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When newly married bride, Neelu, was brought in the brothel by her husband, Appa Rao, on false pretences, Muskaan Bano, a courtesan for several years, also remembered her unfortunate story. Things change when the police raid the brothel, and apprehend the patrons and the courtesans. Inspector Sawant takes a liking to Muskaan, and decides to promote her to another "market", albeit more sophisticated, to which she agrees. Thereafter there is no looking back for Muskaan, who is now known as Malika, and the sky is the limit, including avenging herself against her Arab husband, who sold her at the flesh market, with deadly results, as well as a chance at meeting the person who really runs India. Written by
Horrible script results in surprisingly decent film
Let me start with a message to director Jay Prakash and the production team of Market: Script! Script! Script! Let me say that one more time, a bit more verbosely--Pay Attention to the Script! That's a kind of public service message, in the off chance that Prakash and his crew read this (unfortunately, Bollywood and Bollywood fans seem to have paid relatively little attention to IMDb so far).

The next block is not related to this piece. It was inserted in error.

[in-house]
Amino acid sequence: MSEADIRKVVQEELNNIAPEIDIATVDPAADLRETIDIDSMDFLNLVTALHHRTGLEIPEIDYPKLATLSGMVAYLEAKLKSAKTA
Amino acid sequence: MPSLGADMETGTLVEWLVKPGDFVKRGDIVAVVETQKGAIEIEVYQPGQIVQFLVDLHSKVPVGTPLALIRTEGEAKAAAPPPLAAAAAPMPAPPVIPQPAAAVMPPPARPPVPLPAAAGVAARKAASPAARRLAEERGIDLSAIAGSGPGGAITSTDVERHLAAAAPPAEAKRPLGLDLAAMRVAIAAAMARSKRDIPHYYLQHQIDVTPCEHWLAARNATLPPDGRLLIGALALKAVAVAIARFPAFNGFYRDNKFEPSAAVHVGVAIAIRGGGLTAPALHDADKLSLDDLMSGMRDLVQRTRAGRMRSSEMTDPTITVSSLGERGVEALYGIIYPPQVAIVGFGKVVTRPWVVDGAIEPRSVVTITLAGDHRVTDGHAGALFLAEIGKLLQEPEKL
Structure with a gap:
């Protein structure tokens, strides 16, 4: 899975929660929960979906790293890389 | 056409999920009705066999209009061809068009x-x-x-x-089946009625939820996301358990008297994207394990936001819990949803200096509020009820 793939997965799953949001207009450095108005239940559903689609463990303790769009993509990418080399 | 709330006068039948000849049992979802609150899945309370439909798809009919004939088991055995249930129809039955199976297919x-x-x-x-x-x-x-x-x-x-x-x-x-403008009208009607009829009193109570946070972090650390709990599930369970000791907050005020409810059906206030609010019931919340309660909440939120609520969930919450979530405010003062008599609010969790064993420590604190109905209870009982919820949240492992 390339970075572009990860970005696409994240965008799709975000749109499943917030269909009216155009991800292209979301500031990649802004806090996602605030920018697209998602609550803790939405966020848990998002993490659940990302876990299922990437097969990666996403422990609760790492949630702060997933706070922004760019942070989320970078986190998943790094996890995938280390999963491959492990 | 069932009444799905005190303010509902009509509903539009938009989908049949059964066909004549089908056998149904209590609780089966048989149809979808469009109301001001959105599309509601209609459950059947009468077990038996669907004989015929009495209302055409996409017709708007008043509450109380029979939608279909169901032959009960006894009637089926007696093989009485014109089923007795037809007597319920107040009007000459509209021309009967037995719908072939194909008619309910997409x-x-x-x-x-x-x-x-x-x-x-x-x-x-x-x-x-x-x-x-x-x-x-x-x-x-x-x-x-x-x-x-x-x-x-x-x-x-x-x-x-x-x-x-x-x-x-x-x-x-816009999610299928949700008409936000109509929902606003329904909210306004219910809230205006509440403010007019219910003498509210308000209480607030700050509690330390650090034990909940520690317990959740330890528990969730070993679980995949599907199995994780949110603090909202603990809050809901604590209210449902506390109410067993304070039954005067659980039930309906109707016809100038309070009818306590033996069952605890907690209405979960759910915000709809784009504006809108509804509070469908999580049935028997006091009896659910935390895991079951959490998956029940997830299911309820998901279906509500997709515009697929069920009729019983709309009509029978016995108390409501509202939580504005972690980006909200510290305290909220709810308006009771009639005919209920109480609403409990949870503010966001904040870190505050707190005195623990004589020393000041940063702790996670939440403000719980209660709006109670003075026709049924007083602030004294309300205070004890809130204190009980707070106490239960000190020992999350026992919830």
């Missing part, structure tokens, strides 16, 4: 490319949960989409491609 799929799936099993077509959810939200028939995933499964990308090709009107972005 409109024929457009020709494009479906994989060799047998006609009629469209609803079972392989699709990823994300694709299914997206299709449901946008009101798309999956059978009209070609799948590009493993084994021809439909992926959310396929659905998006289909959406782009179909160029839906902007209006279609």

Market is ostensibly about prostitution rackets in India, but it really ends up being the story of a particular prostitute, Muskaan Bana (Manisha Koirala). But you wouldn't know that from the beginning of the film, which seems like it's about a young woman named Neela. Neela met a man who eloped with her and married her. It was really a ruse, as he takes her to Hyderabad to visit his "aunt", who turns out to be the madam of a large whorehouse. His intention was actually just to sell the woman to the Madam. It seems that in India--at least in the India of this film--prostitution is something more like slavery (but more on that later).
The first 20 minutes to half hour of the film is the story of Neela and Neela's brother, who is trying to get her out of the whorehouse after he receives a tip from Muskaan that Neela is there. Oddly, Neela and her brother are just dropped after this, never to be heard from again. That's indicative of script problems that recur throughout the film.
At any rate, Market then becomes (roughly) the tale of Muskaan. We learn of how she was married off by her father to a sheikh, because the sheikh was offering a substantial sum of money, upward mobility in terms of class, and because it would increase the likelihood that Muskaan's father's other daughters would find upper class suitors, as well. But the sheikh married Muskaan just for sex. He repeatedly rapes her during her only week with him, before she returns home. This leads to tragedy with Muskaan's family, they try to sue the sheikh, and on and on. Eventually Muskaan ends up in Mumbai working for a pimp named Juicy, ridiculously enough, and Market becomes something of a mob/revenge film.
I'm leaving out an awful lot of details in the above, and not just because I want to avoid giving away important plot points. Rather, the film is so stream-of-consciousness and sprawling that it would take way more than the allotted 1000 words to try to relay just the basics of the plot, and even then, it still wouldn't seem very coherent to a reader.